In just five days, 100 million users have signed up for Twitter’s rival app, Threads. Meanwhile, Twitter’s user traffic has dropped as the platform continues to battle outages and controversies over its lax moderation policies.
The new platform’s rapid expansion has already outpaced that of ChatGPT, OpenAI’s viral chatbot, which had reached 10 million users in 40 days.
Due to Europe’s intricate regulatory systems, the app has not yet been released there. If it does launch there, it can potentially pose a serious threat to Twitter, which has 238 million daily active users.
Threads’s success can largely be traced to its integration with Meta’s Instagram service. New users can sign up using their already established Instagram handle.
In a post on the platform, Meta’s CEO, Mark Zuckerberg, shared his excitement for the speed of the app’s growth.
“Threads reached 100 million sign-ups over the weekend. That’s mostly organic demand and we haven’t even turned on many promotions yet. Can’t believe it’s only been 5 days!”
Similarweb, a data company specializing in web analytics, found that in the first two full days Threads was generally available, web traffic to Twitter was down 5 percent compared to the previous week. According to the company, Twitter has seen an 11% drop in website traffic compared to the same period in 2022.
A letter from Elon Musk’s longtime attorney Alex Spiro to Meta alleging “unlawful misappropriation” of trade secrets shows that Musk, Twitter’s owner, is already concerned about Threads.
The letter accuses Threads of hiring former Twitter employees to build a “copycat” platform using confidential information. In a tweet, Elon Musk acknowledged the letter, stating, “Competition is fine, cheating is not.”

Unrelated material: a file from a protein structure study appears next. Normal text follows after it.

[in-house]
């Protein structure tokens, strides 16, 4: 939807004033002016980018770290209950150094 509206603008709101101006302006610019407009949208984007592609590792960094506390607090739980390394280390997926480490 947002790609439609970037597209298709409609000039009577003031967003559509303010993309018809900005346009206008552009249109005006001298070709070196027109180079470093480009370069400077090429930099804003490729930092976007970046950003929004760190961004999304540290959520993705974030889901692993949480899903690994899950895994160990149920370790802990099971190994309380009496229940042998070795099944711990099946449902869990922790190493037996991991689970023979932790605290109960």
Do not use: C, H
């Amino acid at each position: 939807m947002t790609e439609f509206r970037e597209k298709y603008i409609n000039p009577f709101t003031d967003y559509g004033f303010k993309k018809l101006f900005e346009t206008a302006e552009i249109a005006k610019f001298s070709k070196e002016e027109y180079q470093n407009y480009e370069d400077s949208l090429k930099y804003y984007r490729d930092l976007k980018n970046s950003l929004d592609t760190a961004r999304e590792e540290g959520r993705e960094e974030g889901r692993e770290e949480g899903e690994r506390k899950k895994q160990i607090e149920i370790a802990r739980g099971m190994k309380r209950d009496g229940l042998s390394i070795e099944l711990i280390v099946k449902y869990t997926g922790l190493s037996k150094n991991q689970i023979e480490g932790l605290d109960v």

Instagram head Adam Mosseri said in a Threads post that Meta’s purpose is not to replace Twitter but rather “to create a public square for communities on Instagram that never really embraced Twitter.”
“The goal isn’t to replace Twitter. The goal is to create a public square for communities on Instagram that never really embraced Twitter and for communities on Twitter (and other platforms) that are interested in a less angry place for conversations, but not all of Twitter. Politics and hard news are inevitably going to show up on Threads – they have on Instagram as well to some extent – but we’re not going to do anything to encourage those verticals.”
Messages posted on Threads will have a 500-character limit. Like on Twitter, users can reply to, repost and quote other user posts. The app has a similar aesthetic to Instagram and also allows users to share posts from Threads directly to their Instagram stories.
Accounts can be public or private, and verification on Instagram carries over to Threads. Mark Zuckerberg also called the app a “public space” in a Threads post after its launch.
“The vision for Threads is to create an option and friendly public space for conversation. We hope to take what Instagram does best and create a new experience around text, ideas, and discussing what’s on your mind.”
Moumita Basuroychowdhury is a Contributing Reporter at The National Digest. After earning an economics degree at Cornell University, she moved to NYC to pursue her MFA in creative writing. She enjoys reporting on science, business and culture news. You can reach her at firstname.lastname@example.org.